Vail Daily column: Running a business is like playing a harmonica
Like many of us that live in the Vail Valley, we welcomed a steady stream of friends and family members into our home during the holidays. With great snow and an unbelievable choice of mountain activities, our house was a magnet for renewing new and old relationships. This year, we invited an old college buddy of mine, Gary, to spend a few days with our family. While Gary and I are the same age, his life 30-plus years post-college is the complete opposite of everything I’ve pursued since we graduated. Having never been married, Gary remains single, lives in LA and plays harmonica is his own band. I often wonder if the stark contrast in our life paths is what makes us great friends.
Learning To Play
As Gary shared with us, an important part of his life includes bringing the gift of music to emotionally or physically disadvantaged children around the world. Through Harmonikids, an organization he founded 20 years ago, Gary estimates he’s taught 60,000 kids to play the harmonica. Being a skilled music teacher, Gary decided to take on the dubious challenge of teaching our family how to play a few Christmas carols on the harmonica. Handing out bright, shiny, new harmonicas to each of us, Gary explained how the harmonica works, where to place your hands, fingers and mouth. Given a piece of sheet music with numbers instead of notes, we overachievers immediately began “playing” our harmonicas. Sounding nothing like music, several times Gary asked us to stop and listen until he was finished giving us direction.
Once he had our attention (and silence), we spent time understanding how to read and play the notes to “Silent Night.” After a few minutes and a bit of patience, we were now ready to take a stab at playing the song together. “On my count, I want all of us to begin playing together,” Gary instructed. Of course, even though we all waited for the count of three, our playing pace and ability to find each note was wildly out of sync so even though we started at the same time, it still sounded like a bunch of noise. Ever patient and experienced with thousands of kids, Gary confidently took us through it three or four more times until we seemed to have it down and the song sounded remotely like the Christmas carol we were attempting to play. Throughout the course of the next few days, my youngest daughter, inspired by Gary, continued to practice and soon could play the tune from memory.
Parallels with Business
This experience with Gary got me thinking about the parallels between leading an organization or running a business and teaching people, as Gary does, to play the harmonica. A few things stood out for me.
• Training: How much time do we spend training people how to do their job well? When was the last time we provided training? People’s memories are short (and I’m realizing mine is shorter now that I’m over 50!). Have we provided training to keep their skills sharp? If they aren’t performing well (which we initially weren’t with Gary), then I’d argue they still need more training.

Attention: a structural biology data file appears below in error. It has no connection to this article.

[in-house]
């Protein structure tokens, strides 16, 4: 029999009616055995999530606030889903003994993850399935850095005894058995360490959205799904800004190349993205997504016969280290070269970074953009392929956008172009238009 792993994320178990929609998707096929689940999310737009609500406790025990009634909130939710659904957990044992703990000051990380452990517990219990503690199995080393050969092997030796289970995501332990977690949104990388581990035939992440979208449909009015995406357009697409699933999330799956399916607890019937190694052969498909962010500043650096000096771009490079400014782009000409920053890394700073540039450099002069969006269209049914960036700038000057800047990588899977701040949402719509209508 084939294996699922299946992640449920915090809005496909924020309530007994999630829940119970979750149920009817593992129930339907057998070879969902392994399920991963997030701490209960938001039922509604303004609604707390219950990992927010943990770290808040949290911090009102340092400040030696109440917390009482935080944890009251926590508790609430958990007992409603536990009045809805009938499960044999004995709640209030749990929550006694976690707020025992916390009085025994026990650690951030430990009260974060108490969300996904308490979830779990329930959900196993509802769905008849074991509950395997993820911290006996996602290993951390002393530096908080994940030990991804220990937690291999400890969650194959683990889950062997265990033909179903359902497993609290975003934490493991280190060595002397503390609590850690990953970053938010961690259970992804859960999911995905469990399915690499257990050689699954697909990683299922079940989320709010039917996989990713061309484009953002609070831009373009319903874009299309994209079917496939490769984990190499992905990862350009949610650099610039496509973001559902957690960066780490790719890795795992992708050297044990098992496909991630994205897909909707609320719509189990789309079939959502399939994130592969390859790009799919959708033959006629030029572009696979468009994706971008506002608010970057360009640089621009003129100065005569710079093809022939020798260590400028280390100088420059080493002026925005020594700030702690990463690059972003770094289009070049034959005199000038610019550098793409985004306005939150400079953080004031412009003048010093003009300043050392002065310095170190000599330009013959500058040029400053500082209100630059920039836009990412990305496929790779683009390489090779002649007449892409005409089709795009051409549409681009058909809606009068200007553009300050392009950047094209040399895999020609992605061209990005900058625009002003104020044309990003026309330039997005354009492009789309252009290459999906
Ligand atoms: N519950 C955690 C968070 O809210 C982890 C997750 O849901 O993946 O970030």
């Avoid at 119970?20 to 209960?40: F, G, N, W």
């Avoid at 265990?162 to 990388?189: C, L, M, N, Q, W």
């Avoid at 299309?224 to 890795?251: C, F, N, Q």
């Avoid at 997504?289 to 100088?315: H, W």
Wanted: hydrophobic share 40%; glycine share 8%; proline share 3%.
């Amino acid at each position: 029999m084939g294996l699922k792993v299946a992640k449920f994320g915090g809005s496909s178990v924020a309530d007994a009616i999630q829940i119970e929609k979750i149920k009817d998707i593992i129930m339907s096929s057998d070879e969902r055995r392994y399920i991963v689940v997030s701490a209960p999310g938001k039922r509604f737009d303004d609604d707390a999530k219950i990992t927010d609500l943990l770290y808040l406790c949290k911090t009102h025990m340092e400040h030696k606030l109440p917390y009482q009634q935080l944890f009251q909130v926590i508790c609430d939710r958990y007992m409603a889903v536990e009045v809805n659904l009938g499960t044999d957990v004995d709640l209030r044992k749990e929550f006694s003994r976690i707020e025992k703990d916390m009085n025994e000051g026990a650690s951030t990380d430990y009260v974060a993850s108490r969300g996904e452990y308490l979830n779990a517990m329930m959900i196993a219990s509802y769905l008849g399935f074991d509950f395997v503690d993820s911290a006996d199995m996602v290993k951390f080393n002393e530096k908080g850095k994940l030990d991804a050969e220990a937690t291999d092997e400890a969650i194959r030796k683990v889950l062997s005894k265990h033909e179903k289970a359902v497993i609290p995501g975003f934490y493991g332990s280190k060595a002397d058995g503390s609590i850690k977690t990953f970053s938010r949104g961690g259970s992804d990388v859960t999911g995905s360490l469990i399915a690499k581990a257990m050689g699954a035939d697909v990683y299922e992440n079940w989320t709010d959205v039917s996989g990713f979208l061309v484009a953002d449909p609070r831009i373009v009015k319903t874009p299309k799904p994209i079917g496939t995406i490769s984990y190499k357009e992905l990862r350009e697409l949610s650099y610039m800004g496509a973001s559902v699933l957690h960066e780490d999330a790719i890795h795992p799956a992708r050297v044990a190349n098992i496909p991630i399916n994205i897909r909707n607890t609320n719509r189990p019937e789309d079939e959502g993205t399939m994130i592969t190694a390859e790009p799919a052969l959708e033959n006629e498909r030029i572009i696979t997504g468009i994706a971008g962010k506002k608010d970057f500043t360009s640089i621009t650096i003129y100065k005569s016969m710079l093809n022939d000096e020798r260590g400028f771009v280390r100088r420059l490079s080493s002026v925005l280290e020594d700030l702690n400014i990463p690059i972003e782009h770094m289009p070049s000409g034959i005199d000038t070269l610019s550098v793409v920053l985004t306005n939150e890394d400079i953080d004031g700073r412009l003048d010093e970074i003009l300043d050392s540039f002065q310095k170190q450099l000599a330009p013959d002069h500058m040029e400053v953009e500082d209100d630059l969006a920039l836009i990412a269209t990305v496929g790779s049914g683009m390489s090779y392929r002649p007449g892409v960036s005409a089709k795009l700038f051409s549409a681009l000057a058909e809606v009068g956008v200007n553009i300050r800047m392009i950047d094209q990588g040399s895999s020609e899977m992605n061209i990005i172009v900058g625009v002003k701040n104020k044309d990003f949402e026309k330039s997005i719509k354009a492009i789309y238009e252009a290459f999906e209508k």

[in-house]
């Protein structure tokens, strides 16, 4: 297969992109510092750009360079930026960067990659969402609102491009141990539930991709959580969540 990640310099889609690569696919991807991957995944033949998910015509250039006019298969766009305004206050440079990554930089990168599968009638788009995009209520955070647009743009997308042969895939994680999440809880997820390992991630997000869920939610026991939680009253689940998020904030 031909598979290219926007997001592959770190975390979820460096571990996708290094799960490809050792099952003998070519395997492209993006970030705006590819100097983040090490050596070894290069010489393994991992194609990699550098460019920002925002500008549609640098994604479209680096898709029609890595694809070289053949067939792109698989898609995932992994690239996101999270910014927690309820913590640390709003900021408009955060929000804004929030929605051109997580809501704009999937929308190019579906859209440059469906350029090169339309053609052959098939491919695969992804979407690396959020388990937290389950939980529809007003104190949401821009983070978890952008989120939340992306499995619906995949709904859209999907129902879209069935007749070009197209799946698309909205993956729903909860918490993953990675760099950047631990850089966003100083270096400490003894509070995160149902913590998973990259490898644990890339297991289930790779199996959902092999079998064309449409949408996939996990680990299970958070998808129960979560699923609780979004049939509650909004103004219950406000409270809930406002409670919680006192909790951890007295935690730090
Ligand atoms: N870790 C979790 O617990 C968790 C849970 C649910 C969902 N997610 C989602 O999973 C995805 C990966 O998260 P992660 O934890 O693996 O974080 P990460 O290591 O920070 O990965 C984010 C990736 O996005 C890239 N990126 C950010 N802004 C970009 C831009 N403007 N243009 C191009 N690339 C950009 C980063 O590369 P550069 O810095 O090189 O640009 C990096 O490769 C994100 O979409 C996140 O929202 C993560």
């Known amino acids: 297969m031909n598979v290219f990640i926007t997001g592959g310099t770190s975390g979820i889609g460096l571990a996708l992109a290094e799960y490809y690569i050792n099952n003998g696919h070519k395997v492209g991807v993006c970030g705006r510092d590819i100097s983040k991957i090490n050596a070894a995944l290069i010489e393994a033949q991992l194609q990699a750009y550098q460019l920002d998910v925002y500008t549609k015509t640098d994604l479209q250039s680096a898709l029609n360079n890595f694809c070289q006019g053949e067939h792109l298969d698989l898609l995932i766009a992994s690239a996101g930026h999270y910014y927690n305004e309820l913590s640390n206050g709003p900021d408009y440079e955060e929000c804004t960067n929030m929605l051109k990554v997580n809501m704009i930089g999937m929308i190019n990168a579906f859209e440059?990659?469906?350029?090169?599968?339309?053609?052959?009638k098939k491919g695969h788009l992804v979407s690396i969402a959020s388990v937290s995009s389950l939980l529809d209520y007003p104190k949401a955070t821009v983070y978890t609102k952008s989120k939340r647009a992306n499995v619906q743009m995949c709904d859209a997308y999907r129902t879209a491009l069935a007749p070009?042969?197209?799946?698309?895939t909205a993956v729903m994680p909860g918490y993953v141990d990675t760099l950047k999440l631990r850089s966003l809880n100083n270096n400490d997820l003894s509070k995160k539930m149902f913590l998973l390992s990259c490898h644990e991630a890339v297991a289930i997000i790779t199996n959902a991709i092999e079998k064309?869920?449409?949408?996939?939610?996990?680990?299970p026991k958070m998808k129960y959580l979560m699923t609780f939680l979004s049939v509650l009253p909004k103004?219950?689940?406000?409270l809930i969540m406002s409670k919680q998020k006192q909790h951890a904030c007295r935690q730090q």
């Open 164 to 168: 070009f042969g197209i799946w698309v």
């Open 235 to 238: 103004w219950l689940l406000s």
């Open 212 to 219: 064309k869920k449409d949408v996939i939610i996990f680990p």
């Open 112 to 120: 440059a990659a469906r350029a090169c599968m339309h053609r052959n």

• Direction: How clear are we about the specifics of what we want to accomplish and how we want to accomplish it? If we asked, then could someone repeat it back to us clearly and concisely?
• Goals and planning: Are we playing the same song? Do people know the notes? Do we have a business plan to help us all play off the same sheet of music? If you’re not sure, then the answer is probably “no”.
• Practice: How often do we practice to improve? By practice, I don’t mean on “live” customers or clients. By practice I mean as a team or organization. Do we regularly help each other improve our skills?
• Feedback: If we want to change behavior or improve performance, then giving feedback positively and constructively will be critical to changing behavior. Changing behavior is the first step to improving results. How often are we catching people doing things right and reinforcing the positive behavior?
The new year is only a few weeks old. If we want the end of 2015 to be different than the end of 2014, then we have to start doing some things differently now in order to get better results. Begin asking yourself and your organization the questions I’ve listed above to identify any critical lapses and develop a strategy to close the gaps. If you want your firm or team to be playing sweet music together, then identify, plan and start working together today.
Chuck Wachendorfer is a partner and president-distribution for Think2Perform, a consulting firm designed to help businesses and individuals achieve sustained optimal performance. He can be reached at 970-926-0841 or email@example.com.
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